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Your Right to Be Wrong
November 04, 2015
Quick Relaxation Tool
Stay Calm, Cool, and Collected While Driving
Create quiet and silence. When you’re in the car, turn off the phone and the radio. You can reduce your stress by finding brief moments of quiet during the day.”
Listen to soft music or books on tape while you drive so the process of getting there is enjoyable.
Skip the travel-mug of double espresso and sip some soothing chamomile tea on your commute.
Perform shoulder shrugs at each red light to relieve upper-body tension.
Before you start your drive and when you arrive at your destination, take in three long, deep breaths and release them slowly.
Look for the beauty. Capture one pleasant moment on your drive to work. Notice the sunlight, the color of the sky or the face of a child in the car next to you. It will soften the pressure of going where you’re going.
When you encounter a rude driver, shift your focus to all the good drivers around you. Just five minutes of positive focus raises immune-system function, while focusing on those you resent has the opposite effect.
Leave early no matter where you’re going and avoid the stress of being late.
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Feel Good StuffYour Right to Be Wrong
A humorous story has it that a newly appointed young clergyman was contacted by a local funeral director to hold a graveside service at a small country cemetery in midwestern USA. There was to be no funeral, just a graveside service, because the deceased had no family and had outlived her friends.
The young pastor started early to the cemetery, but soon became lost. After making several wrong turns, he finally arrived a half-hour late. The hearse was nowhere in sight and cemetery workers were relaxing under a near-by tree, eating their lunch. The pastor went to the open grave and found that the vault lid was already in place. He took out a prayer book and read a few paragraphs. As he returned to his car, he overheard one of the workers say, “Maybe we’d better tell him it’s a septic tank.” Why is it we make our biggest mistakes in public? And some people can’t avoid it … former hockey goalie Jacques Plante wonders, “How would you like a job where, if you made a mistake, a big, red light goes on and 18,000 people boo?” But we should never give up our right to be wrong. Good judgment comes from experience and experience comes from bad judgment. It is your right to be wrong. “No (one) ever became great or good except through many and great mistakes,” said William E. Gladstone. Great mistakes are opportunities for great learning. And great learning makes for great living.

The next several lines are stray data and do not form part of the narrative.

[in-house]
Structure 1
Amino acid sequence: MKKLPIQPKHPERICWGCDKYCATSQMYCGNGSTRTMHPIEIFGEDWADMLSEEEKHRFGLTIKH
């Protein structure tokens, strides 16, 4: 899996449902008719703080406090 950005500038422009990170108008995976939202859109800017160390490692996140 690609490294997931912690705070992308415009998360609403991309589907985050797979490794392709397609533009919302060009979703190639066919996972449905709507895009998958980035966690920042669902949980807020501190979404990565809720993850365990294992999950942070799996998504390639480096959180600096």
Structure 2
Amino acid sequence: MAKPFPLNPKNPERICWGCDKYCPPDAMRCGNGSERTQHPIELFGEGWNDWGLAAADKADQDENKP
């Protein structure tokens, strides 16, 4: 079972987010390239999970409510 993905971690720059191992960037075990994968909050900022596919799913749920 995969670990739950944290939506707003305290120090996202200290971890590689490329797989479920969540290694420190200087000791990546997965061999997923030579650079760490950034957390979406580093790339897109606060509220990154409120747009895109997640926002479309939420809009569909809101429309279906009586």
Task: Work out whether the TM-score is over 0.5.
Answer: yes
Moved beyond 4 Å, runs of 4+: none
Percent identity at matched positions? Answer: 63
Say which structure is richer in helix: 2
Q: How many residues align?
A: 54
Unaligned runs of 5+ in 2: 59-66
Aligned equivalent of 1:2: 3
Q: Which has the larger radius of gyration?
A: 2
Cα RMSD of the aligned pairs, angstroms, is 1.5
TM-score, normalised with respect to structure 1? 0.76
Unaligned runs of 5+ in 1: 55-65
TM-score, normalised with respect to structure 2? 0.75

Now, that’s something I can get into. I don’t need to be a great person, just one who believes that his life is worth living well. And if that means I need to make some magnificent mistakes along the way, I’ll take that on as part of the price to pay. You and I have a right to be wrong. And if we are to move toward great living, we might even have a duty to make great mistakes. Sometimes we can laugh them off. Certainly we can learn from them. And always, let’s just make sure the next mistake is one we haven’t made before!
by Steve Goodier of LifeSupportSystem.com
Always keep in mind that a low-stress lifestyle never "just happens." Practicing relaxation and stress management techniques every day is the key to success. The more you practice, the more automatic it becomes.
Stay in the (k)now,
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